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Expert Rev Anti Infect Ther. 2009 Jun;7(5):581-93. doi: 10.1586/eri.09.29.

Impaired fitness of drug-resistant malaria parasites: evidence and implication on drug-deployment policies.

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Biochemistry Department, Faculty of Medicine, Sultan Qaboos University, Alkhod, Muscat, Oman.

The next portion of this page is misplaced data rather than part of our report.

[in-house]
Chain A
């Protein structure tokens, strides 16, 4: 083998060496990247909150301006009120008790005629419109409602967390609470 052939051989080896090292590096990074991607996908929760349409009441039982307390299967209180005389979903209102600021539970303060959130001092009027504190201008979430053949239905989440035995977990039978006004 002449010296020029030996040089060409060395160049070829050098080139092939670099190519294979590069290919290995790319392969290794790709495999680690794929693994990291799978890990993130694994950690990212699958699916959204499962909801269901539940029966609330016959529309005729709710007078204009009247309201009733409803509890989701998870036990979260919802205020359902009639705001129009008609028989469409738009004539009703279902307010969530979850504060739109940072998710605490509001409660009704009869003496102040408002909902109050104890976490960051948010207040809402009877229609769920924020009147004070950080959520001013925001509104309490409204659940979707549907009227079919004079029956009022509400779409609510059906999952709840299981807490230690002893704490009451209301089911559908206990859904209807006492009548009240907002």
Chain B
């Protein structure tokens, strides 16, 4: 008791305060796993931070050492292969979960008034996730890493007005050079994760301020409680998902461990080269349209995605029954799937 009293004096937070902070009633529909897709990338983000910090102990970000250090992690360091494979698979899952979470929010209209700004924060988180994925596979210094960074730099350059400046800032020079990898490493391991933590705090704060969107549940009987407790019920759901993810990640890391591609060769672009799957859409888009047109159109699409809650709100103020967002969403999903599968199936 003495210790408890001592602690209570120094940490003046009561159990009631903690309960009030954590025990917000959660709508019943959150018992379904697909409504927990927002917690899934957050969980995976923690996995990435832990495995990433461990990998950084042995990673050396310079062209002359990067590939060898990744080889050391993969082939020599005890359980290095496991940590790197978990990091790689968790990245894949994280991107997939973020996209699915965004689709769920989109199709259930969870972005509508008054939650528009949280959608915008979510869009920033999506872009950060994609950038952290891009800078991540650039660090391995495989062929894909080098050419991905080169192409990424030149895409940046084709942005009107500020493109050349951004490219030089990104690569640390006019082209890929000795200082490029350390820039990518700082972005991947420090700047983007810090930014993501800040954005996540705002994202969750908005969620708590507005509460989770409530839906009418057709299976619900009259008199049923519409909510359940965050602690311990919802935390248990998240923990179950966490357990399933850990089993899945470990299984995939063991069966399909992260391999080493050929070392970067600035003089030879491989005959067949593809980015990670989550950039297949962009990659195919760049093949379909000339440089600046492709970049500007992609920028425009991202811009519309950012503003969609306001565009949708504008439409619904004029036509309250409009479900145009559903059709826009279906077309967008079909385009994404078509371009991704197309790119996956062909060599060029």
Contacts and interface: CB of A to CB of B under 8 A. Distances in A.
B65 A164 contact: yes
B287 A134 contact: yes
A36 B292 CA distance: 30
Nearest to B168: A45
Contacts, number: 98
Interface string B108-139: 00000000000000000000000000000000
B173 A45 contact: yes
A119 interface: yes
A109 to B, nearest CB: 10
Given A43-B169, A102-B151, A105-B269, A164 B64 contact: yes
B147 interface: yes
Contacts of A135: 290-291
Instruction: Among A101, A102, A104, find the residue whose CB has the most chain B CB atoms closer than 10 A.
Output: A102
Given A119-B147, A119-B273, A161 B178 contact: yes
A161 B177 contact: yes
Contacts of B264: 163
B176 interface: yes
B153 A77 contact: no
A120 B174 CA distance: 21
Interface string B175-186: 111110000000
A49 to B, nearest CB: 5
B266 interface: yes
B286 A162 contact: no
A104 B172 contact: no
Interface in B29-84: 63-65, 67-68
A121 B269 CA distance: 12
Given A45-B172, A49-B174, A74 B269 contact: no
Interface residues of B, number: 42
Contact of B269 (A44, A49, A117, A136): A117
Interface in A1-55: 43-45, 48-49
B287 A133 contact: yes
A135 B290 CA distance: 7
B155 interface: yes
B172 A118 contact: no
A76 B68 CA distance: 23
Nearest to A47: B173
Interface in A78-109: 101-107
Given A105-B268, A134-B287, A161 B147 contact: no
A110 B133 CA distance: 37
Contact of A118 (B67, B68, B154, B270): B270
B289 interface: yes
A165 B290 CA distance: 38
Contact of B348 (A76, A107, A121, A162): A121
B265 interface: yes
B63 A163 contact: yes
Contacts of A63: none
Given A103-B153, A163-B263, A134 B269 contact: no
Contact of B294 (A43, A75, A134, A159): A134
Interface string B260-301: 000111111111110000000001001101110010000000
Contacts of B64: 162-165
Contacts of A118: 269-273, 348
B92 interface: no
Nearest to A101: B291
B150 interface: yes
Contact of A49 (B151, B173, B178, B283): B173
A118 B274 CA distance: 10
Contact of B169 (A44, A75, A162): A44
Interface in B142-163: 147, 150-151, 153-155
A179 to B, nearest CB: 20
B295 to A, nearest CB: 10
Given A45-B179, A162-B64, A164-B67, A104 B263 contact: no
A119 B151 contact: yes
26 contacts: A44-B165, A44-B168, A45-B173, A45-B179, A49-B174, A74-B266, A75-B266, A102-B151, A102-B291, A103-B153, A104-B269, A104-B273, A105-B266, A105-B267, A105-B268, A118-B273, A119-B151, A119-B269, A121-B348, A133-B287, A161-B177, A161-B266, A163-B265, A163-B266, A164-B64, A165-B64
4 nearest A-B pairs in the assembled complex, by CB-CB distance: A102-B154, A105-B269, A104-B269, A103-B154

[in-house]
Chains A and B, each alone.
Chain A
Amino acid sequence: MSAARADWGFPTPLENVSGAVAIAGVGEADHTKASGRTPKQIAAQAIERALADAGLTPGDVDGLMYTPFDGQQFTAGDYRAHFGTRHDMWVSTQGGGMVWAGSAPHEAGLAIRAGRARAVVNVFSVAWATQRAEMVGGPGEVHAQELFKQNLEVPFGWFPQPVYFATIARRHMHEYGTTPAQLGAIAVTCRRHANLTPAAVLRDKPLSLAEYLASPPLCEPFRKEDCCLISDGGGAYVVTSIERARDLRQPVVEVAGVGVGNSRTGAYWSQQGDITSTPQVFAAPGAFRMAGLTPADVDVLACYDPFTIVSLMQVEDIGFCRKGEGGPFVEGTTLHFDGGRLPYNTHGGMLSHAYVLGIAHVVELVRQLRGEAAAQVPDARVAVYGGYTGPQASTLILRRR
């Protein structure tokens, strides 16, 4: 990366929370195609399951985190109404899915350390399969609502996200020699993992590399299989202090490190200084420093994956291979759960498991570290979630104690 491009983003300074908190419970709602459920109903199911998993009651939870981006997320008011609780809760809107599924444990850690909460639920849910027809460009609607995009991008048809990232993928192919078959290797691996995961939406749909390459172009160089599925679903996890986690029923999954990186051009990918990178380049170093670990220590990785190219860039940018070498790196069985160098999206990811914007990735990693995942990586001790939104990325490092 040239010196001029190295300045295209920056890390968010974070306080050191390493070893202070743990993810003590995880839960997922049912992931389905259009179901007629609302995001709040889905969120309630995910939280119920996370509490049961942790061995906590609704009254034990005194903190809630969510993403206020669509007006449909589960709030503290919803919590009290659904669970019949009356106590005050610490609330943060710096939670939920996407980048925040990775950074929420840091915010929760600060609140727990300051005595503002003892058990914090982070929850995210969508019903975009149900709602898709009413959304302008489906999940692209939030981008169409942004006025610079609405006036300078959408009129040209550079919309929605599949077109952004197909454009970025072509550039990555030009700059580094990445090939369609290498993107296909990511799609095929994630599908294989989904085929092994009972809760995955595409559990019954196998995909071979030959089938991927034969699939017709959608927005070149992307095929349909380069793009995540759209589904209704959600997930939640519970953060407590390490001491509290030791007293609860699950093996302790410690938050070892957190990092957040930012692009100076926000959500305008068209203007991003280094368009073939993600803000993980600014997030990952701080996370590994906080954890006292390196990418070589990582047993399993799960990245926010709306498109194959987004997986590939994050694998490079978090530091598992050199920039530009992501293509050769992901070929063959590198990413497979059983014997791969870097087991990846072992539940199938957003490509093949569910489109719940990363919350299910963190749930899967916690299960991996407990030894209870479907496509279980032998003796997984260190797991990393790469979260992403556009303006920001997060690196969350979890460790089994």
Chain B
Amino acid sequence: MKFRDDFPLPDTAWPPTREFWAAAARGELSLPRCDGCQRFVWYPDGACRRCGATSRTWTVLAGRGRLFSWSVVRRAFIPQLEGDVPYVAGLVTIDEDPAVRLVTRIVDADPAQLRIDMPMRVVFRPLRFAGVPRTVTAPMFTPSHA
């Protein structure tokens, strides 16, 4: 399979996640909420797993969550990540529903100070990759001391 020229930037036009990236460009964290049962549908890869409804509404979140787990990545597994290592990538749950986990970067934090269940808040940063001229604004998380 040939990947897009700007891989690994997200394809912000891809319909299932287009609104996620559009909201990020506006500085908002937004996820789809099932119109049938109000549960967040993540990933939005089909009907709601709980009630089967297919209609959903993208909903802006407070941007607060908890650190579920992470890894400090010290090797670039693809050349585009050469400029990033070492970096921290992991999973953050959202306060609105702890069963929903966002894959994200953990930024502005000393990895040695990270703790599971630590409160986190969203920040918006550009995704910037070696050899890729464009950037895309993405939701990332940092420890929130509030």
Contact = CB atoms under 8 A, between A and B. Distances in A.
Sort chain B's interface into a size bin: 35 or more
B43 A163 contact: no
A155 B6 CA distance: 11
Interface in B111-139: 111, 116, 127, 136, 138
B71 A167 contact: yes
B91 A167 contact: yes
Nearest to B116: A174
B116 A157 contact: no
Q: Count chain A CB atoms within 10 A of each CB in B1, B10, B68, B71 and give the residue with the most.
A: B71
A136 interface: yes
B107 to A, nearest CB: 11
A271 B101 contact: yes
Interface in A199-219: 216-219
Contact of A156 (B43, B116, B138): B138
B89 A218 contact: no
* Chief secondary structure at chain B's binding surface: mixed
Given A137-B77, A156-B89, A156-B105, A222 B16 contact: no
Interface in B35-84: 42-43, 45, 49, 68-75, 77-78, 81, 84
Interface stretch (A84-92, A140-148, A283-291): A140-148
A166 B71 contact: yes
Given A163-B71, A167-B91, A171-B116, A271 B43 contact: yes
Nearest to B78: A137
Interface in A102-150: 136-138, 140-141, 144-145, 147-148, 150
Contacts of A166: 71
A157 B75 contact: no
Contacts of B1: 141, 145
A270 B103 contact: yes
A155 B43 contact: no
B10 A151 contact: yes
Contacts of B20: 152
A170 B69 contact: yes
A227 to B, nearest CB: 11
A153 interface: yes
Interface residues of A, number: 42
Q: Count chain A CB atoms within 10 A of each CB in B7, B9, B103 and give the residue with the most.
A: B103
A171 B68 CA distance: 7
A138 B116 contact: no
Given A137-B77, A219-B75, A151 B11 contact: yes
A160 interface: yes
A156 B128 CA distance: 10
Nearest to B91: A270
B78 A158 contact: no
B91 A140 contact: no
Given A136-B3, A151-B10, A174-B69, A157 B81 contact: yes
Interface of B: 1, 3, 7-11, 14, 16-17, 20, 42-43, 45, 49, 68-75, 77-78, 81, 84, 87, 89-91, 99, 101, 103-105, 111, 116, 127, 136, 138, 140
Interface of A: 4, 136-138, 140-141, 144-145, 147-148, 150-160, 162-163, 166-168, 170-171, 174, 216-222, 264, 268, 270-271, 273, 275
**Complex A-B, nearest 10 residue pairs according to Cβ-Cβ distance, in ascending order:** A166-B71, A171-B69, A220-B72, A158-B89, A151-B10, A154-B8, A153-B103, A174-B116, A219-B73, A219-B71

Malaria, a leading parasitic disease, inflicts an enormous toll on human lives and is caused by protozoal parasites belonging to the genus Plasmodium. Antimalarial drugs targeting essential biochemical processes in the parasite are the primary resources for management and control. However, the parasite has established mutations, substantially reducing the efficacy of these drugs. First-line therapy is faced the with the consistent evolution of drug-resistant genotypes carrying these mutations. However, drug-resistant genotypes are likely to be less fit than the wild-type, suggesting that they might disappear by reducing the volume of drug pressure. A substantial body of epidemiological evidence confirmed that the frequency of resistant genotypes wanes when active drug selection declines. Drug selection on the parasite genome that removes genetic variation in the vicinity of drug-resistant genes (hitch-hiking) is common among resistant parasites in the field. This can further disadvantage drug-resistant strains and limit their variability in the face of a mounting immune response. Attempts to provide unequivocal evidence for the fitness cost of drug resistance have monitored the outcomes of laboratory competition experiments of deliberate mixtures of sensitive and resistant strains, in the absence of drug pressure, using isogenic clones produced either by drug selection or gene manipulation. Some of these experiments provided inconclusive results, but they all suggested reduced fitness of drug-resistant clones in the absence of drug pressure. In addition, biochemical analyses provided clearer information demonstrating that the mutation of some antimalarial-targeted enzymes lowers their activity compared with the wild-type enzyme. Here, we review current evidences for the disadvantage of drug-resistance mutations, and discuss some strategies of drug deployment to maximize the cost of resistance and limit its spread.

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